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The increasing burden of nonalcoholic fatty liver disease among young adults in the United States: A growing epidemic
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Hepatology 13 May 2016
A silent epidemic of chronic liver disease (CLD) is affecting young adults in the United States because of the surge in intravenous drug use, alcohol use, and obesity. Nonalcoholic fatty liver disease (NAFLD) is a common cause of CLD and its prevalence continues to rise in parallel with the growing obesity epidemic.[1-3] The aim of this study was to estimate changes in NAFLD prevalence among U.S. young adults and to assess factors associated with suspected NAFLD.
Cross-sectional data from 14,371 subjects between 18 and 35 years of age, who were enrolled in the National Health and Examination Survey (NHANES) in three periods (1988-1994, 1999-2004, and 2005-2010) were used to estimate trends in suspected NAFLD. Exclusion criteria included known CLD, treatment with hepatotoxic medications, heavy drinking, missing alanine aminotransferase (ALT), or missing body mass index (BMI). NAFLD was defined as elevated ALT in subjects with BMI ≥25 kg/m2. Elevated ALT was defined either as >30 U/L for males and >19 U/L for females. Other cutoffs for elevated ALT were explored including >40 U/L for males and >30 U/L for females or >50 U/L for males and >45 U/L for females. Regression analysis was used to assess trends across the different time periods. In addition, logistic regression analysis was used to assess factors associated with suspected NAFLD. P values of <0.05 were used to assess statistical significance. There was a step-wise increase in suspected NAFLD prevalence among young adults when using all three cutoffs of ALT (Fig. 1). Prevalence rose from 9.6% (0.81) in 1988-1994 to 24.0% (0.83) in 2005-2010 (P value <0.001) when NAFLD was defined as ALT >30 U/L for males or >19 U/L for females. In stratified analyses, increasing trends in suspected NAFLD prevalence were observed among all ethnic subgroups, among both males and females, and among those overweight or obese. Prevalence of NAFLD in the 2005-2010 period was highest among Mexican Americans and those with BMI >40 kg/m2 (35.3% [1.6] and 57.4% [4.7], respectively; P < 0.05 for both). On multivariable analysis, older age, male sex, ethnicity (Mexican American), and study period were found to be associated with higher odds of having suspected NAFLD. Our study has several limitations, including the cross-sectional nature of NHANES, which does not allow the investigation of a sample population over time. The true prevalence of NAFLD is probably higher than what we report, given the fact that NAFLD may affect lean individuals and those with completely normal ALT values. Finally, we were not able to assess the severity of NAFLD in terms of presence of steatohepatitis and stage of liver fibrosis.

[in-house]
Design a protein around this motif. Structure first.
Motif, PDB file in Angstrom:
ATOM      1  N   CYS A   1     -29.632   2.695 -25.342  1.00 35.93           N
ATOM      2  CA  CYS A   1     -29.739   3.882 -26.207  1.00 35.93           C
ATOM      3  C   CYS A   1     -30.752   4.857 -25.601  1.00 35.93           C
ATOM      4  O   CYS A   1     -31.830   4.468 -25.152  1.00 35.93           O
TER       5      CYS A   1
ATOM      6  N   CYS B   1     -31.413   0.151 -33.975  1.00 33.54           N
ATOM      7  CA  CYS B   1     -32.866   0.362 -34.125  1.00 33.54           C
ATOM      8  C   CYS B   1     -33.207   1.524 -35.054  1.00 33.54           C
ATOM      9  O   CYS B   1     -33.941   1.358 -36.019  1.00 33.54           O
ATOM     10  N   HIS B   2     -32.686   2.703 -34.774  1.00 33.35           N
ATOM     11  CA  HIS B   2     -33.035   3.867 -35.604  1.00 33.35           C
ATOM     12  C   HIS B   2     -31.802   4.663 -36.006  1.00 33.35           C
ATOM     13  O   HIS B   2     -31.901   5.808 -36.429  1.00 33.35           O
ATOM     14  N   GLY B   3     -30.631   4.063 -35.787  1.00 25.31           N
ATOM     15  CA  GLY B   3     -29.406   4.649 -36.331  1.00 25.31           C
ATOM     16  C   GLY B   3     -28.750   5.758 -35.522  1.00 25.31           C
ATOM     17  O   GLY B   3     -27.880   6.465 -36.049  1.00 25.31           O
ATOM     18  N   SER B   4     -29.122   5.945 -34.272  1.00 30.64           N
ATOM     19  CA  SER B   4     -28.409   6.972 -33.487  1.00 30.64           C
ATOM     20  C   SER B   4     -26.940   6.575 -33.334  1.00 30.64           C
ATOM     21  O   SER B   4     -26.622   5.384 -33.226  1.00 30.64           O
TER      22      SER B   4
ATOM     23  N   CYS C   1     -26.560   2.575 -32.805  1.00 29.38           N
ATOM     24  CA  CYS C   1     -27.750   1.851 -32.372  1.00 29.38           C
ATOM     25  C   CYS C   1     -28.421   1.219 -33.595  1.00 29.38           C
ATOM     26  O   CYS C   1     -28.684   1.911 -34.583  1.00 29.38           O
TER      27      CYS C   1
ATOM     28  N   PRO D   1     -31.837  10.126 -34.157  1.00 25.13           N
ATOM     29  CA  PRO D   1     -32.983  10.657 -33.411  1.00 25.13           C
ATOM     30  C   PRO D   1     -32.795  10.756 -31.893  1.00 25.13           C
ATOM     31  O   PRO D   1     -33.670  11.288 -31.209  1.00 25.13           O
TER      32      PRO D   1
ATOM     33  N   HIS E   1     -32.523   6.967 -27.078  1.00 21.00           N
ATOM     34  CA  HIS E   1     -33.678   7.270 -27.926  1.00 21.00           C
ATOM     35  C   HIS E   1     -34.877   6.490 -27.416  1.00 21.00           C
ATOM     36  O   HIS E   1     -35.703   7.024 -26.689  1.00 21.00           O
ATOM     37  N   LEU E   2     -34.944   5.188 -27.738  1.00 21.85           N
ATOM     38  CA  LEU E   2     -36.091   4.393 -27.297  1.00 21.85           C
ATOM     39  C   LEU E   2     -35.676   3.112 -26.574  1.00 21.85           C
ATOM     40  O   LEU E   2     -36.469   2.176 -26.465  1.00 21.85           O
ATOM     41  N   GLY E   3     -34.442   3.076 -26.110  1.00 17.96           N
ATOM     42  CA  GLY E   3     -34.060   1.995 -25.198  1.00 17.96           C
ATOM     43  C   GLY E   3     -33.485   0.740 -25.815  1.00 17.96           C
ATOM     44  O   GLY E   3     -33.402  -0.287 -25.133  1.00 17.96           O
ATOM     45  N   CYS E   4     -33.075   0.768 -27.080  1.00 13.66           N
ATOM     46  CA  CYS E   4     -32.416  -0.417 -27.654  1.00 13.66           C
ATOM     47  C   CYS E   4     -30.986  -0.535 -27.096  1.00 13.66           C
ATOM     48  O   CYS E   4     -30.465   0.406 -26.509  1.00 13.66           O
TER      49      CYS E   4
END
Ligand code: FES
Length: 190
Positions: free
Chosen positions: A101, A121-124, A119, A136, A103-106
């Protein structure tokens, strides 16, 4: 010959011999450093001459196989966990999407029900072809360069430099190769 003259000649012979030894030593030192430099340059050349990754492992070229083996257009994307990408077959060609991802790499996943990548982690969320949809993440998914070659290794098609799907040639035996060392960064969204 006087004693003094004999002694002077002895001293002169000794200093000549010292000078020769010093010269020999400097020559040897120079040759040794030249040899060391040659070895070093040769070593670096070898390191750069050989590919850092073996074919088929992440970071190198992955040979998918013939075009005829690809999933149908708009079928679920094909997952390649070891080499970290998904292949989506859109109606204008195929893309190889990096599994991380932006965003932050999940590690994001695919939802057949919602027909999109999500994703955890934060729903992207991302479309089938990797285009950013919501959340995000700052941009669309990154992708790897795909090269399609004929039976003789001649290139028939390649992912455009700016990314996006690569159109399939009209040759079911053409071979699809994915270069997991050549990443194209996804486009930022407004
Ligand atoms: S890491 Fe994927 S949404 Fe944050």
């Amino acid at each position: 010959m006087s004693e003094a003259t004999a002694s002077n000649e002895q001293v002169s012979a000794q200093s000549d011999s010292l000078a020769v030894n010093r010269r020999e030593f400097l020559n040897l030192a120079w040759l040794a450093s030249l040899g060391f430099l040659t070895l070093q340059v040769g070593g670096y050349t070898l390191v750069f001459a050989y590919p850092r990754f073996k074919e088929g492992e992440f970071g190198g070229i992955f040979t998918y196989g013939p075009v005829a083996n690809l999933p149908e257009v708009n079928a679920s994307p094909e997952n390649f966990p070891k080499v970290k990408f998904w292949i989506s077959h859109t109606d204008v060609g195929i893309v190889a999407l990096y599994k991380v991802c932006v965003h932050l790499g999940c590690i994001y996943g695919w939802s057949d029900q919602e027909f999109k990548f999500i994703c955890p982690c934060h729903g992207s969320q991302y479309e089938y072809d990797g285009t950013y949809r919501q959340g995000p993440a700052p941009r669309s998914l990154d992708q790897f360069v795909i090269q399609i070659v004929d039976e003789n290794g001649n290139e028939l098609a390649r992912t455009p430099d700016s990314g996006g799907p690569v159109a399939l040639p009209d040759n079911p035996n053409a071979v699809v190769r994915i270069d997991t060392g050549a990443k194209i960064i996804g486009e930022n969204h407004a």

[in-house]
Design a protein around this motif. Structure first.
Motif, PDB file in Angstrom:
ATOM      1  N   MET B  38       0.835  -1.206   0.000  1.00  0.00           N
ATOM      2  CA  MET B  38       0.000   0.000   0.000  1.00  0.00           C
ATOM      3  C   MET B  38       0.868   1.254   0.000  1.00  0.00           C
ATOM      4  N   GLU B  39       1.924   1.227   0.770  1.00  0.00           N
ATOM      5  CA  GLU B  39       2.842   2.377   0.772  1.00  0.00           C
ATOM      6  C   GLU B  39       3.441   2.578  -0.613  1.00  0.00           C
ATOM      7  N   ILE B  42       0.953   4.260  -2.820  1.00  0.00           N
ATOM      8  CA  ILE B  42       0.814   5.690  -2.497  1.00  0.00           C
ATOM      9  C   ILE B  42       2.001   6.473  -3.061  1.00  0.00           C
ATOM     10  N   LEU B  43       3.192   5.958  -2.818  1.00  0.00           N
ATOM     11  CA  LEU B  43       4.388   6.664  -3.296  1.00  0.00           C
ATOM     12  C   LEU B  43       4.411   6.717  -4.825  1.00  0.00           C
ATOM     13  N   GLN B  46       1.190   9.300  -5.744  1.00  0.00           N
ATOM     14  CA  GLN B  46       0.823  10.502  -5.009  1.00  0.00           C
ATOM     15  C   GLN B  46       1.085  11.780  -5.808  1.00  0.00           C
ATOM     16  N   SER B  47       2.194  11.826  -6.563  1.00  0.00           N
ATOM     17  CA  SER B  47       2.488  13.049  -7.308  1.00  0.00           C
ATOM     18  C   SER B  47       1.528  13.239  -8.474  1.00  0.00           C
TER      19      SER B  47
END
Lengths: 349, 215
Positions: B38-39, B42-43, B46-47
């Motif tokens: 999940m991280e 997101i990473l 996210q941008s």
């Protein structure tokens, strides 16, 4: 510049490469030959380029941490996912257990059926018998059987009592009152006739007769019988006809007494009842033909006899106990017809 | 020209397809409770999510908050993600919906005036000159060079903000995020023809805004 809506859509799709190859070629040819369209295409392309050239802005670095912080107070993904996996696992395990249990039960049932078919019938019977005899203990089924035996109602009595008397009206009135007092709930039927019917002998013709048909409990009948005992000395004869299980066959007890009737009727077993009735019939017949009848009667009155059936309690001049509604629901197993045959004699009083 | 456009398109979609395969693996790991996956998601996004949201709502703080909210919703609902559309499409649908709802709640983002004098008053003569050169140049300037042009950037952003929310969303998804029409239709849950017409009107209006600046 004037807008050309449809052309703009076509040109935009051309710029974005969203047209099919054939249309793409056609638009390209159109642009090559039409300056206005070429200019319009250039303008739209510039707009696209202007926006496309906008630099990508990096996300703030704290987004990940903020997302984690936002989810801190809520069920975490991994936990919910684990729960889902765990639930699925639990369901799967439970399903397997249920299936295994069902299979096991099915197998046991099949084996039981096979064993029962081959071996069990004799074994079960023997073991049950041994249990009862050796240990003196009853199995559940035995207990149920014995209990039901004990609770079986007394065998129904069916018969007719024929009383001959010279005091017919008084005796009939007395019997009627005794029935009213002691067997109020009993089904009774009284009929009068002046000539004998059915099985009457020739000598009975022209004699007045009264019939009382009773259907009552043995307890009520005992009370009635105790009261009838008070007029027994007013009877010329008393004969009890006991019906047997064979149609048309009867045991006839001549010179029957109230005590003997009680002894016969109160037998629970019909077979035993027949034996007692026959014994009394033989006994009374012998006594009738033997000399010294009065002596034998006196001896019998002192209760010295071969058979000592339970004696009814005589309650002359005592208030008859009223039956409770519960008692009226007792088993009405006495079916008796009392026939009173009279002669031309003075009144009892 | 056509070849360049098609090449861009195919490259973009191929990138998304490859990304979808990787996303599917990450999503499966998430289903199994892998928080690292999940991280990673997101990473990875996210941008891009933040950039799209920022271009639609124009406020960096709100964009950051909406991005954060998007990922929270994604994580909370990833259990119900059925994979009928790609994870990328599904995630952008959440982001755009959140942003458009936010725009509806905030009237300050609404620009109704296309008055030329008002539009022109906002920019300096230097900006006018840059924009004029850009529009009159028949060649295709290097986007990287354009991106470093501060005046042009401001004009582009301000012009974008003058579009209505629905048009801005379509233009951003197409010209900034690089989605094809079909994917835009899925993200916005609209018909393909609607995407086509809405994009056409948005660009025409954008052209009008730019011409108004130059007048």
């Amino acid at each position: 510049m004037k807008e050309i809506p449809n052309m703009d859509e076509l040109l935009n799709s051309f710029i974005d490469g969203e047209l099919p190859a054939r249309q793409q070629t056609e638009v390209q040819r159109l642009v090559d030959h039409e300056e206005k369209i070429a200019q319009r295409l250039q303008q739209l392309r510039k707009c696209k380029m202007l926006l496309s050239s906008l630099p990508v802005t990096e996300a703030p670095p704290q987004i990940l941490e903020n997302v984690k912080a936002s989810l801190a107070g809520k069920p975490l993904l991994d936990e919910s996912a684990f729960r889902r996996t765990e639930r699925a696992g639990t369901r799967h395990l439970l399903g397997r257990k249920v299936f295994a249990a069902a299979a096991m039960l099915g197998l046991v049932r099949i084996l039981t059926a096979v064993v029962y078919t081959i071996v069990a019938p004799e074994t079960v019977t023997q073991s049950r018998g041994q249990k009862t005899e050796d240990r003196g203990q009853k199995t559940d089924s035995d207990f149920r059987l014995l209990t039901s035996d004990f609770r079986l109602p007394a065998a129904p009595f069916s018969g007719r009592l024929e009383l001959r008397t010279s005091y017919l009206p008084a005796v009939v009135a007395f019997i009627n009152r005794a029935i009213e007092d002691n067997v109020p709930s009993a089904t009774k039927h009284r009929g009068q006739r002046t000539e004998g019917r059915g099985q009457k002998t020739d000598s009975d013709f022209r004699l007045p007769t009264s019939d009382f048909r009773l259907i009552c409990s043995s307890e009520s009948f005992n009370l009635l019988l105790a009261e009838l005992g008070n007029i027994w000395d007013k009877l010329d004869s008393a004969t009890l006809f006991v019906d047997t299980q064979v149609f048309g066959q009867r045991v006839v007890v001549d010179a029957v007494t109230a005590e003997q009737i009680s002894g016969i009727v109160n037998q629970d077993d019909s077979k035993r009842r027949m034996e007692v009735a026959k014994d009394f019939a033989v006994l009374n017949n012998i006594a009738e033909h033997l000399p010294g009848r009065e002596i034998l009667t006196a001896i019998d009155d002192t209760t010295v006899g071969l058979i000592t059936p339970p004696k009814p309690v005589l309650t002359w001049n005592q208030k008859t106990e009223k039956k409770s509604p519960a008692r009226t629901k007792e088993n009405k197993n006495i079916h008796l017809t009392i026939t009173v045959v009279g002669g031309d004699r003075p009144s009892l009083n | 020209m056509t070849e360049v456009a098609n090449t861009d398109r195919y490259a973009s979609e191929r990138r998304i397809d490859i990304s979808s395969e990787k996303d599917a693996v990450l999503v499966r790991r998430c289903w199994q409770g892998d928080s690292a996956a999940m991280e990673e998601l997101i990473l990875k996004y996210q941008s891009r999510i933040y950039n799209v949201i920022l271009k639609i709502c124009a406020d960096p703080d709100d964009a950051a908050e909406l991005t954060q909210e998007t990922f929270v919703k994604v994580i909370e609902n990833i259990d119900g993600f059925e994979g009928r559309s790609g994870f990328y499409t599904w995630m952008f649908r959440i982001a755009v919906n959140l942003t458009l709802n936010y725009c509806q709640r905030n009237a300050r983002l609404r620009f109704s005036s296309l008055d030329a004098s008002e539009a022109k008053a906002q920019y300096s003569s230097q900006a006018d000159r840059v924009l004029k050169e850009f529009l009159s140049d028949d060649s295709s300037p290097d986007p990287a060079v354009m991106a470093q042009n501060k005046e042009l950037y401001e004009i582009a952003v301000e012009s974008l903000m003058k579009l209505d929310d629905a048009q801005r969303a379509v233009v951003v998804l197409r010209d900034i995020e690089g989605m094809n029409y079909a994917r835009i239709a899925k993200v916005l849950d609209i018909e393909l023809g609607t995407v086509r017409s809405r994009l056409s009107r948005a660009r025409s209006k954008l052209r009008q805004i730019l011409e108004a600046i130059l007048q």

This study has shown that prevalence of suspected NAFLD has more than doubled over the past three decades and now affects one quarter of U.S. young adults. Measures should be taken to target young adults for screening for CLD in order to prevent the development of cirrhosis and its complications.


Rachel Abou Mrad, M.D.1
Nawal Merjaneh, M.D.1
Ghassan Mubarak, M.D.1
Rocio Lopez, M.S.2
Nizar N. Zein, M.D.1
Naim Alkhouri, M.D.1
1Department of Gastroenterology and Hepatology
and Digestive Disease Institute
2Department of Quantitative Health Sciences
Cleveland Clinic
Cleveland, OH

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